The actors don’t serve as their own orchestra this time, and it’s a good thing. Audiences deserve to be introduced to Sondheim’s score—which includes a ballad for the ages called “The Best Thing That Ever Has Happened”—in its fully orchestrated splendor. Still, Doyle’s approach remains aggressively presentational. The ensemble work is surprisingly uneven, and his stage conceits—money repeatedly tossed all over the stage, actors screwing in footlight bulbs and then removing them—saps Weidman’s snappy script of the globe-hopping effervescence it once had.
In fact, the disconnect between the original goal (vaudevillian romp) and the end result (ascetic scold) may not be lost on the creators. Wrapping up a musical that has gone through four titles, three directors, and one lawsuit with the line “Sooner or later we’re bound to get it right” is about as chipper a white flag as has ever been waved onstage. Stephen Sondheim has bucked so many trends with so much style and insight and outright genius that he’s earned the right to get it wrong. What a waste? Not really. But a shame. –E.G.
“Action talks and bullshit walks,” junk-shop owner Don Dubrow (Cedric the Entertainer) tells his gofer Bob (Haley Joel Osment) early in the new revival of David Mamet’s 1975 American Buffalo, and there’s a whole lot of bullshit walking on the stage of Robert Falls’s production. (Or was walking; as we went to press, the show’s producers announced that if ticket sales didn’t improve, the show would close on November 23.) Most of it’s coming from Teach, the hood who insinuates himself into Don and Bob’s half-baked plan to rip off a collector of rare coins—a plan that, it’s no spoiler to say, doesn’t really come off as they hoped, mostly because the three can’t stop yakking. Teach is an angry, torqued-up motormouth, and the difficult role is tripping up even the fast-moving tongue of John Leguizamo; at the performance I saw, the wiry chatterbox who called his first one-man-show Mambo Mouth just couldn’t keep pace with Mamet’s script. Leguizamo spends some time feinting and jabbing like a boxer, but dramatically, he’s a featherweight; there’s no danger to his performance, just antics. I wish I could’ve seen Robert Duvall, who must’ve been terrifying as Teach on Broadway in 1977.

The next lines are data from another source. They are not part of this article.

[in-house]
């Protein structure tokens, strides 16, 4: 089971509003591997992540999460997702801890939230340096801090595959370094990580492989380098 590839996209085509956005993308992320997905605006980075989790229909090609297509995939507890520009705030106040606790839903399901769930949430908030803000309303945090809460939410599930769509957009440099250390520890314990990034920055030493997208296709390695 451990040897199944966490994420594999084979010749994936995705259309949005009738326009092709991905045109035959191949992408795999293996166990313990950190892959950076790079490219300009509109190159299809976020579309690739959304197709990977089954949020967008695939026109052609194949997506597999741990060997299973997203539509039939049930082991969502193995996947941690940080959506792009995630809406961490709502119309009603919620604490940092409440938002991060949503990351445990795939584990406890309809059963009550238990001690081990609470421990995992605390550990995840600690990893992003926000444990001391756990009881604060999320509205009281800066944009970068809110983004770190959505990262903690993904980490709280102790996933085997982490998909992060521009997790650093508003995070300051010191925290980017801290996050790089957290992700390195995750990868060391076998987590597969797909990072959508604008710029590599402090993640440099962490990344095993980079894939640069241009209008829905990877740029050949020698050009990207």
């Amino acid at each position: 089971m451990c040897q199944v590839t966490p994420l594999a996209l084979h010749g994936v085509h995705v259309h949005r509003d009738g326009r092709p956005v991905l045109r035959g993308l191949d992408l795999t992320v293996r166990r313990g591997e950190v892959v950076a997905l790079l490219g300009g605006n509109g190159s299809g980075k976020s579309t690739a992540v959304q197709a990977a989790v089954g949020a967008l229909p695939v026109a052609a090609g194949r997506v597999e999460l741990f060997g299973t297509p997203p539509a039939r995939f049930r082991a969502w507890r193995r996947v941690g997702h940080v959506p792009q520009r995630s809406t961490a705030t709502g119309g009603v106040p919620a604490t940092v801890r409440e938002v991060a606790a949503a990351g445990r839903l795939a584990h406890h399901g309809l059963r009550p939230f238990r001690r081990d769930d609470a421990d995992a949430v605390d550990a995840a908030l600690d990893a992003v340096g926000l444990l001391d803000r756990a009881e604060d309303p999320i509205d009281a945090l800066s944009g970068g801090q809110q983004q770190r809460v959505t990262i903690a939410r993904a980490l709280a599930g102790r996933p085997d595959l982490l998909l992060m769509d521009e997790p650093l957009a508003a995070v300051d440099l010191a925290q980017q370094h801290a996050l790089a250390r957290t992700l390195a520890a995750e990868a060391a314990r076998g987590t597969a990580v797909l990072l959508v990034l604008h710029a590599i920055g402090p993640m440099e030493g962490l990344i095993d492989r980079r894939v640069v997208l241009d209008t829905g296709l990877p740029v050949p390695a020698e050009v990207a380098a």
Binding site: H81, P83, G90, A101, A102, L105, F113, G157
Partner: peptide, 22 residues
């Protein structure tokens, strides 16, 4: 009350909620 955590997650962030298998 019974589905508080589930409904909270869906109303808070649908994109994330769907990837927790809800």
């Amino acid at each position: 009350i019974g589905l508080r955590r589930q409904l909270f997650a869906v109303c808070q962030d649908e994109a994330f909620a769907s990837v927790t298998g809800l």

Osment, the onetime star of The Sixth Sense, barely registers, but at least his wide-open face lends some pathos to Bob’s puppy-dog attempts to please his mentor. Cedric the Entertainer, on the other hand, brings a laconic authority to Don, making him something like a great bit player from The Wire, brought to life onstage to endure the slings and arrows of a fresh economic downturn and John Leguizamo. Despite Santo Loquasto’s incongruously majestic junk-shop set and an energetic second act, this is a mostly forgettable production of a play that’s a less scathing critique of capitalism than you might recall. Days later, all that sticks is the show’s cheeky first words: As the lights go down, a piped-in voice announces, “The cast, in accordance with Mr. Mamet, ask that you please turn off your fucking cell phones.” –D.K.